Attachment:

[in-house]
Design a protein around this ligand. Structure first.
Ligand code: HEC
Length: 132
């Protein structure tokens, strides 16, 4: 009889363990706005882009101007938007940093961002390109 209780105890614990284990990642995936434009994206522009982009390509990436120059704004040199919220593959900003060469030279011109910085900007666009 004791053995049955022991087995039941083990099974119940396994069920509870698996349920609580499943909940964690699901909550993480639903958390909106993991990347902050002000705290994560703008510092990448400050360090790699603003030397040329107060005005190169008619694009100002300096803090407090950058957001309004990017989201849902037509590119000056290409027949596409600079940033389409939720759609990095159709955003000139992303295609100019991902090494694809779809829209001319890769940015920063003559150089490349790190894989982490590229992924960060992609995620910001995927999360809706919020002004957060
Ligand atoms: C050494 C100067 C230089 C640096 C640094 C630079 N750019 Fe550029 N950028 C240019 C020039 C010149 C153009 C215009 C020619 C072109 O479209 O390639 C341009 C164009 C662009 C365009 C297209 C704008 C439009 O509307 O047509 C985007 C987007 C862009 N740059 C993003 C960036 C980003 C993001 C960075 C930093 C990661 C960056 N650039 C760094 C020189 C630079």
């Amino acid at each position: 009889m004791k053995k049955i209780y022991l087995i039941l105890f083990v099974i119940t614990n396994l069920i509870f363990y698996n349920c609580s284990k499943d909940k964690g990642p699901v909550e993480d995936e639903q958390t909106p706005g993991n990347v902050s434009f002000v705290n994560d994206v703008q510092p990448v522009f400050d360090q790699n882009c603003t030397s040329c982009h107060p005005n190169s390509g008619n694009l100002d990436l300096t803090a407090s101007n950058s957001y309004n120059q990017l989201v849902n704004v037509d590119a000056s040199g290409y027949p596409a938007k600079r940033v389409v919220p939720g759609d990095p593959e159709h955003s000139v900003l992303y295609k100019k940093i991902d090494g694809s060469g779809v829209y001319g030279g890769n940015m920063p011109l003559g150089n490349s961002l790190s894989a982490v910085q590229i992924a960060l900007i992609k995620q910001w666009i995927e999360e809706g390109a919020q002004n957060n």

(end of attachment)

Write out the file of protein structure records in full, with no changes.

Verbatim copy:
[in-house]
Design a protein around this ligand. Structure first.
Ligand code: HEC
Length: 132
């Protein structure tokens, strides 16, 4: 009889363990706005882009101007938007940093961002390109 209780105890614990284990990642995936434009994206522009982009390509990436120059704004040199919220593959900003060469030279011109910085900007666009 004791053995049955022991087995039941083990099974119940396994069920509870698996349920609580499943909940964690699901909550993480639903958390909106993991990347902050002000705290994560703008510092990448400050360090790699603003030397040329107060005005190169008619694009100002300096803090407090950058957001309004990017989201849902037509590119000056290409027949596409600079940033389409939720759609990095159709955003000139992303295609100019991902090494694809779809829209001319890769940015920063003559150089490349790190894989982490590229992924960060992609995620910001995927999360809706919020002004957060
Ligand atoms: C050494 C100067 C230089 C640096 C640094 C630079 N750019 Fe550029 N950028 C240019 C020039 C010149 C153009 C215009 C020619 C072109 O479209 O390639 C341009 C164009 C662009 C365009 C297209 C704008 C439009 O509307 O047509 C985007 C987007 C862009 N740059 C993003 C960036 C980003 C993001 C960075 C930093 C990661 C960056 N650039 C760094 C020189 C630079």
């Amino acid at each position: 009889m004791k053995k049955i209780y022991l087995i039941l105890f083990v099974i119940t614990n396994l069920i509870f363990y698996n349920c609580s284990k499943d909940k964690g990642p699901v909550e993480d995936e639903q958390t909106p706005g993991n990347v902050s434009f002000v705290n994560d994206v703008q510092p990448v522009f400050d360090q790699n882009c603003t030397s040329c982009h107060p005005n190169s390509g008619n694009l100002d990436l300096t803090a407090s101007n950058s957001y309004n120059q990017l989201v849902n704004v037509d590119a000056s040199g290409y027949p596409a938007k600079r940033v389409v919220p939720g759609d990095p593959e159709h955003s000139v900003l992303y295609k100019k940093i991902d090494g694809s060469g779809v829209y001319g030279g890769n940015m920063p011109l003559g150089n490349s961002l790190s894989a982490v910085q590229i992924a960060l900007i992609k995620q910001w666009i995927e999360e809706g390109a919020q002004n957060n």